In addition to its lower flange 36 face shield 30 has an upper flange .72 which extends outward from the surface of the shield along its outer upper edge and downward along the sides terminating at the shield lower edge. The upper flange, when the face shield is in its lowered position, makes sealing abutment against the rear directed edge 70 of the face shield sealing strip 60 and when held in this position the bottom side edges of the face shield also seal by abutment on the flat upper faces 64 of the sealing strip enlargements 62. It will be seen that the ends of the lower flange 36, when the face shield is in its lowered position, terminates short of the forward directed side edges 58 and 58a of the helmet shell producing a gap 74 therebetween which assists in the making of a tight full peripheral seal.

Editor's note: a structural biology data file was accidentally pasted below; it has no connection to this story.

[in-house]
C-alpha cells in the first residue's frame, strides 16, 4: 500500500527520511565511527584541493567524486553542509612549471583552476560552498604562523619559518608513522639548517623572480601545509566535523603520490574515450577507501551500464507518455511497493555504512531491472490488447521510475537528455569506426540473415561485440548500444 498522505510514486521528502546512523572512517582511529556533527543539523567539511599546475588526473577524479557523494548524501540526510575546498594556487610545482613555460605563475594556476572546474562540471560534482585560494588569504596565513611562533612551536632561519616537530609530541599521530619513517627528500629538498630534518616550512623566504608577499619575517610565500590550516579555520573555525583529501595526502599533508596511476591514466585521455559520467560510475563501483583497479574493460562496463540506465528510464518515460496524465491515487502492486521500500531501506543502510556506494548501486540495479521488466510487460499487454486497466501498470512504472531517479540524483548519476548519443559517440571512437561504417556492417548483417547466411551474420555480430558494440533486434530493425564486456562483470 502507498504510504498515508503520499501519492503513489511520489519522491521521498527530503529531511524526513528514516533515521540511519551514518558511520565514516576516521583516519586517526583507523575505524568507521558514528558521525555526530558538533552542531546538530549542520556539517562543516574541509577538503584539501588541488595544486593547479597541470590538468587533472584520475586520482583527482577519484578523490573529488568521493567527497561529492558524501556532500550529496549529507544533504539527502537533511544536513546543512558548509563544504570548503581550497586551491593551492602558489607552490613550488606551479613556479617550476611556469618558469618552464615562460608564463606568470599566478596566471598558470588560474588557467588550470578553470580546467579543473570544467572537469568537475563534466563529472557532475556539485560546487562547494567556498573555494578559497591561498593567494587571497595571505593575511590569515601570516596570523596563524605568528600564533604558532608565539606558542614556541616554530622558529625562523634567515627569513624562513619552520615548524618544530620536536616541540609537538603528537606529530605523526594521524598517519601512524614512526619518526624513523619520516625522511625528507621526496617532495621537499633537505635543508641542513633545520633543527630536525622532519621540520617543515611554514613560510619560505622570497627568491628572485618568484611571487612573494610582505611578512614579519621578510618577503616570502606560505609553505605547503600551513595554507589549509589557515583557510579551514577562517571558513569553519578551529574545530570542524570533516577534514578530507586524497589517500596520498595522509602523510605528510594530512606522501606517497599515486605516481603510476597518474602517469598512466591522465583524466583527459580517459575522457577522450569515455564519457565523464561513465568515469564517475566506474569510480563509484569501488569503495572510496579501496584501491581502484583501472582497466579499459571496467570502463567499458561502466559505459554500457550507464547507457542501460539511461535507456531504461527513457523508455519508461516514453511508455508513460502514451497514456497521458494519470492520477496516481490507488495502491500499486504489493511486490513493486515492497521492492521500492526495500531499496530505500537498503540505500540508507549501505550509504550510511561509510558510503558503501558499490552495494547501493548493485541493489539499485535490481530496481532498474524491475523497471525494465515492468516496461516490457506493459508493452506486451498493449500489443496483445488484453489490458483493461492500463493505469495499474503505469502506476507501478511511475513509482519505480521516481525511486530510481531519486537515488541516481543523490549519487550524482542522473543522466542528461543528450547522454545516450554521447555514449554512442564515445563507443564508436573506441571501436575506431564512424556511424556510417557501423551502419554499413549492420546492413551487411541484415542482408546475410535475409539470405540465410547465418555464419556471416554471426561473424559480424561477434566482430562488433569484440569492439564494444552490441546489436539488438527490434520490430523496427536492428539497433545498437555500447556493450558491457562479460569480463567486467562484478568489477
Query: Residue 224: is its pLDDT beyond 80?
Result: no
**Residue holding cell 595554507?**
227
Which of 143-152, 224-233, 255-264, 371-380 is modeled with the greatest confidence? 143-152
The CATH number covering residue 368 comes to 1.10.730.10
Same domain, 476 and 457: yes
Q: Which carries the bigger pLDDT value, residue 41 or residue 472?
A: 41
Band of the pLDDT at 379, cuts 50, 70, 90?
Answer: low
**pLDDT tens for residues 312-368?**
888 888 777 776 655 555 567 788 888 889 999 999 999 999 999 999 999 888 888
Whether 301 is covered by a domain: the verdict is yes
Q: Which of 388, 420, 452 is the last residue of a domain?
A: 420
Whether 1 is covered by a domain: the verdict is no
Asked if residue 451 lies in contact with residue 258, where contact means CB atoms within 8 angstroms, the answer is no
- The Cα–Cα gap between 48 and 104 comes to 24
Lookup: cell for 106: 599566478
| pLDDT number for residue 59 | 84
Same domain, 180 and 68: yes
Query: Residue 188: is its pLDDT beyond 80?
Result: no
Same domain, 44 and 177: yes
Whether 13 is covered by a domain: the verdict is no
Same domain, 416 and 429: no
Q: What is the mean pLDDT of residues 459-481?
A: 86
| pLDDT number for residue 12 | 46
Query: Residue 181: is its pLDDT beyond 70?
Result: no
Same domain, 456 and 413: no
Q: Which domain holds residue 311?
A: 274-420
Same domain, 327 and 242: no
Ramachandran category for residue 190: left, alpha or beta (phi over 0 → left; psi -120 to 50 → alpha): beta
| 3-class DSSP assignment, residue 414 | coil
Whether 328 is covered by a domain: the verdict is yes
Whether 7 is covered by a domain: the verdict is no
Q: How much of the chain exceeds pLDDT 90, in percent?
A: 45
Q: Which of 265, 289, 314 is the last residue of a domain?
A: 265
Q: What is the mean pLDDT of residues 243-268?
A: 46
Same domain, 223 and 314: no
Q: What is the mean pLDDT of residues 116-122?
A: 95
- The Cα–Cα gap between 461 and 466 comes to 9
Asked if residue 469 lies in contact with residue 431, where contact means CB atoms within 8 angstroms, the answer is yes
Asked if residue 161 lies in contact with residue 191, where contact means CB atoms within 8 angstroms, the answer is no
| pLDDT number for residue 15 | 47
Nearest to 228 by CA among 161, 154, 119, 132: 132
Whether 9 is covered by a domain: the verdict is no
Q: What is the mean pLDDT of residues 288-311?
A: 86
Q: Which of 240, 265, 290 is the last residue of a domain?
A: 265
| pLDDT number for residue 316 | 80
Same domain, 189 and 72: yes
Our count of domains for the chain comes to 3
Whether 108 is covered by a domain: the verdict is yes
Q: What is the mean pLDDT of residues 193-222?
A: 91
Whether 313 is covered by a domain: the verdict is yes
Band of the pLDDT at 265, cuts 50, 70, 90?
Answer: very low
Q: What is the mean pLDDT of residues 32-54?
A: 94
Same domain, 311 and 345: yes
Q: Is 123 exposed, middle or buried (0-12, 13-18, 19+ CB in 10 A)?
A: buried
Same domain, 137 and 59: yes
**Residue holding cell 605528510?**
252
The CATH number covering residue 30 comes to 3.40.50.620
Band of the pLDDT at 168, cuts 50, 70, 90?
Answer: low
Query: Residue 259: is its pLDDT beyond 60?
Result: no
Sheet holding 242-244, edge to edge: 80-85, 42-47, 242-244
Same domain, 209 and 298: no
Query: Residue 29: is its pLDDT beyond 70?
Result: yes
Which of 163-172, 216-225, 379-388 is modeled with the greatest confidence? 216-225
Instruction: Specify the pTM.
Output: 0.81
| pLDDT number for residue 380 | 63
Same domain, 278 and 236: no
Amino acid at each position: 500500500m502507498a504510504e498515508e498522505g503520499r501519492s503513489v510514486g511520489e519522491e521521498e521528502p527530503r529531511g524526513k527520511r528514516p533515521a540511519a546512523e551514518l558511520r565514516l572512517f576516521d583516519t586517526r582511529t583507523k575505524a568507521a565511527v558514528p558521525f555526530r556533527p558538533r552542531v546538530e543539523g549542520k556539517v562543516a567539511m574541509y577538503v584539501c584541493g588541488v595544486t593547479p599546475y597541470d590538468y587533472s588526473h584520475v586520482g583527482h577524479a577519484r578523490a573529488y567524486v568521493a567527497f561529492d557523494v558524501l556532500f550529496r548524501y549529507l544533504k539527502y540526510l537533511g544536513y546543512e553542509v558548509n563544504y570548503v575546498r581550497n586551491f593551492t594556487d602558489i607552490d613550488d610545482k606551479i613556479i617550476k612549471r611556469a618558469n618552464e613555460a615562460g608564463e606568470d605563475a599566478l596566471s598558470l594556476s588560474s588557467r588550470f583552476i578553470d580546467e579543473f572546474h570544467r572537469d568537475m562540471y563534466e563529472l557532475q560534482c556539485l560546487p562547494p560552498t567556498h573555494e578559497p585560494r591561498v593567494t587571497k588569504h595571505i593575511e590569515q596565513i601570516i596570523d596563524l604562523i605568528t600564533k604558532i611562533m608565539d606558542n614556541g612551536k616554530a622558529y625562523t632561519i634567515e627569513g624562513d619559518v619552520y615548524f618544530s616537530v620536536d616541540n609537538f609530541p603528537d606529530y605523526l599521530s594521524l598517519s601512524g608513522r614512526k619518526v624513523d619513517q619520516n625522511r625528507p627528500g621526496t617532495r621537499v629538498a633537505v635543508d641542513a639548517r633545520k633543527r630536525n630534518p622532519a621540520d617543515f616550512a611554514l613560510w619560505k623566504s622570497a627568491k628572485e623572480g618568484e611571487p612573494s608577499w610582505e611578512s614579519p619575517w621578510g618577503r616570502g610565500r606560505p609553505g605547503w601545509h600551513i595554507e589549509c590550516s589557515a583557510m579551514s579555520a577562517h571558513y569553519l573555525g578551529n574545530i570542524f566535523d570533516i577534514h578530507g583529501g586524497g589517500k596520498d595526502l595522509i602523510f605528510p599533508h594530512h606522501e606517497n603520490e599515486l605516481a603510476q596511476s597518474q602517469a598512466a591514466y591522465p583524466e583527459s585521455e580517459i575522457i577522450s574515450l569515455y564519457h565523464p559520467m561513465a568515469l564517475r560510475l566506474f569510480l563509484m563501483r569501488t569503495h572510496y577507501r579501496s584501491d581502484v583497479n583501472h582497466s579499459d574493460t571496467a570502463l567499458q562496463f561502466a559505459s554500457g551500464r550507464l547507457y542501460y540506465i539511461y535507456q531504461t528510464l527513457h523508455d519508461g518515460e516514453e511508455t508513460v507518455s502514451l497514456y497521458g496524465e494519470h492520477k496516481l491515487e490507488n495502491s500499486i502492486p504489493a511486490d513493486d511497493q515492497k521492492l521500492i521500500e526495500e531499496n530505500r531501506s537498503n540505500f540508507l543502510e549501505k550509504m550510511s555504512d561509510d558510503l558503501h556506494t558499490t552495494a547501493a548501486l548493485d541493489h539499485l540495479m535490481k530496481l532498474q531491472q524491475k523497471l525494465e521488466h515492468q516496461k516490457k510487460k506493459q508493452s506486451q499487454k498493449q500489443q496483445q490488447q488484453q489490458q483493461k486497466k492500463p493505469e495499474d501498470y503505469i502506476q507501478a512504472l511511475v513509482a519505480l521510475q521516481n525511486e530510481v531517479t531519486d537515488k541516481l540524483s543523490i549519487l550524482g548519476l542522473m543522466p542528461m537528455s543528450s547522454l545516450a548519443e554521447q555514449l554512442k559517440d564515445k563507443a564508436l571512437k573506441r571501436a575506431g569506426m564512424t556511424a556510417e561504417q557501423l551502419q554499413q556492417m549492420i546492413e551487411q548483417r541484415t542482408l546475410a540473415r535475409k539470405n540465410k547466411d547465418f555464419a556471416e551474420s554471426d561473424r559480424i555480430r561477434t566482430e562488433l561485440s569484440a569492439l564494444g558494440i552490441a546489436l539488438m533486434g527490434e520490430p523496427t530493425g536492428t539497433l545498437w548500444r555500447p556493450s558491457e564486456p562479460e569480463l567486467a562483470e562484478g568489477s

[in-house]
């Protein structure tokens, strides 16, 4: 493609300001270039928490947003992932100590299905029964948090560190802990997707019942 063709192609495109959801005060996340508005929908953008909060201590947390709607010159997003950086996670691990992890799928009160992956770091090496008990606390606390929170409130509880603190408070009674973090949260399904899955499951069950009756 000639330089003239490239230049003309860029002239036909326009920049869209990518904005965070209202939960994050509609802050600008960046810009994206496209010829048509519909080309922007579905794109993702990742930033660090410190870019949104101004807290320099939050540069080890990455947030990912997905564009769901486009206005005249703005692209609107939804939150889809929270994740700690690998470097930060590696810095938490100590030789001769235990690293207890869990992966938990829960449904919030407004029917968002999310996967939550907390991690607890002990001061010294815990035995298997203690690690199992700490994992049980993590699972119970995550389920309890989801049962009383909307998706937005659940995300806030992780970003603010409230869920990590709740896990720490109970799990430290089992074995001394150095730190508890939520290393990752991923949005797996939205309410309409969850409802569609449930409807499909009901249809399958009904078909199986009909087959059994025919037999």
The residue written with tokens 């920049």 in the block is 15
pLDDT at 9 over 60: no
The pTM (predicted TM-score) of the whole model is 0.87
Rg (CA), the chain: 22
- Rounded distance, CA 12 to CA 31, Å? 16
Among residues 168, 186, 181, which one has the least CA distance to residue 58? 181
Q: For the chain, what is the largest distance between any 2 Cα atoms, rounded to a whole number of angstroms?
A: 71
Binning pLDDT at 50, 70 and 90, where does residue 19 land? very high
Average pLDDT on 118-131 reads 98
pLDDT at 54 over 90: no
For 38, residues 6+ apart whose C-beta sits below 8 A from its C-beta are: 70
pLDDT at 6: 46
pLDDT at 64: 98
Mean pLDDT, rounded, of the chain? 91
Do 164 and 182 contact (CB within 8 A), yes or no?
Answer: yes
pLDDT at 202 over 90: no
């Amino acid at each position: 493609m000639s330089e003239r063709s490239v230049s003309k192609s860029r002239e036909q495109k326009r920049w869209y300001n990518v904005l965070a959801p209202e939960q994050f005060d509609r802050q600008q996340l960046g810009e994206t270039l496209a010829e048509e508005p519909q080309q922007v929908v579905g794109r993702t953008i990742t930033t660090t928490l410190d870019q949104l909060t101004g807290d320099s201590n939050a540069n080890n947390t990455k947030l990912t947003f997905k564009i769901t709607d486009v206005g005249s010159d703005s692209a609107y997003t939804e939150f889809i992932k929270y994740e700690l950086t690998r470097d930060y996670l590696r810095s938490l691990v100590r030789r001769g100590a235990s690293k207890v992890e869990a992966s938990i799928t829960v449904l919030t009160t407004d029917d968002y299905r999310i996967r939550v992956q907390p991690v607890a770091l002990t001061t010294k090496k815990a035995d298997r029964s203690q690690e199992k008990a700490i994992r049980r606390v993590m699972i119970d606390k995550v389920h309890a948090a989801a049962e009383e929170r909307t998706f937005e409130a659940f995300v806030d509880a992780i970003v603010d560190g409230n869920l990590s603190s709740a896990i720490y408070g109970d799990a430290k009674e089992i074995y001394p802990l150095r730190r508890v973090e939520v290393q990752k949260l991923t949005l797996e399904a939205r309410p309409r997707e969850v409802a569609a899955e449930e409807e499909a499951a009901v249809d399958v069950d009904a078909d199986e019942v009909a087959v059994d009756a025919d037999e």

it will be observed that the retaining shelf 34 is positioned above the lower edge of the helmet and constructed to taper progressively outward from the surface thereof with its forward ends beginning at locations near forward left and right lower sides of the helmet shell. The shelf ends are spaced slightly to the rear of front to rear midpoints on the helmet and behind the forward directed side edges 58 and 58a so as not to protrude the shelf beyond the widest lateral dimension of the helmet. This construction provides a smooth unstepped helmet surface at its center side areas for easy sealing connection of the collar thereto and produces a saving in helmet weight. From these locations the shelf extends around the back of the helmet where it is widest at its rear midpoint providing a crescent-like flat upper directed collar retaining surface. When the helmet is wom, shelf 34 is roughly horizontal with the helmet surfaces above its retaining surface available for sealing engagement with the rear neck sealing gasket lositioned in the helmet shell above the shelf 34 are male elements 76 of the three sets of mating element snap fasteners 44 for sealing the collar to the back half or part of the helmet. One of these male elements is located on the center line of the helmet at the rear and the other two male elements on opposite sides of the shell at about its front to rear midpoints at the location of the pivot points in the wings of the face shield within the shell. This is just in front of the ends of the shelf 34 so all the elements 76 are in about horizontal parallel alignment with the shelf and about midway between its ends and the forward directed side edges of the shell. Also afiixed to the helmet are left and right male portions 78 and 78a of an additional pair of sets of strap holding snap connectors. These connector male portions are positioned on either side of the helmet shell just above the forward located male elements 76 and provide a pair of straps to be attached to the helmet to lock the front of the collar against being stretched away from its seal to the helmet.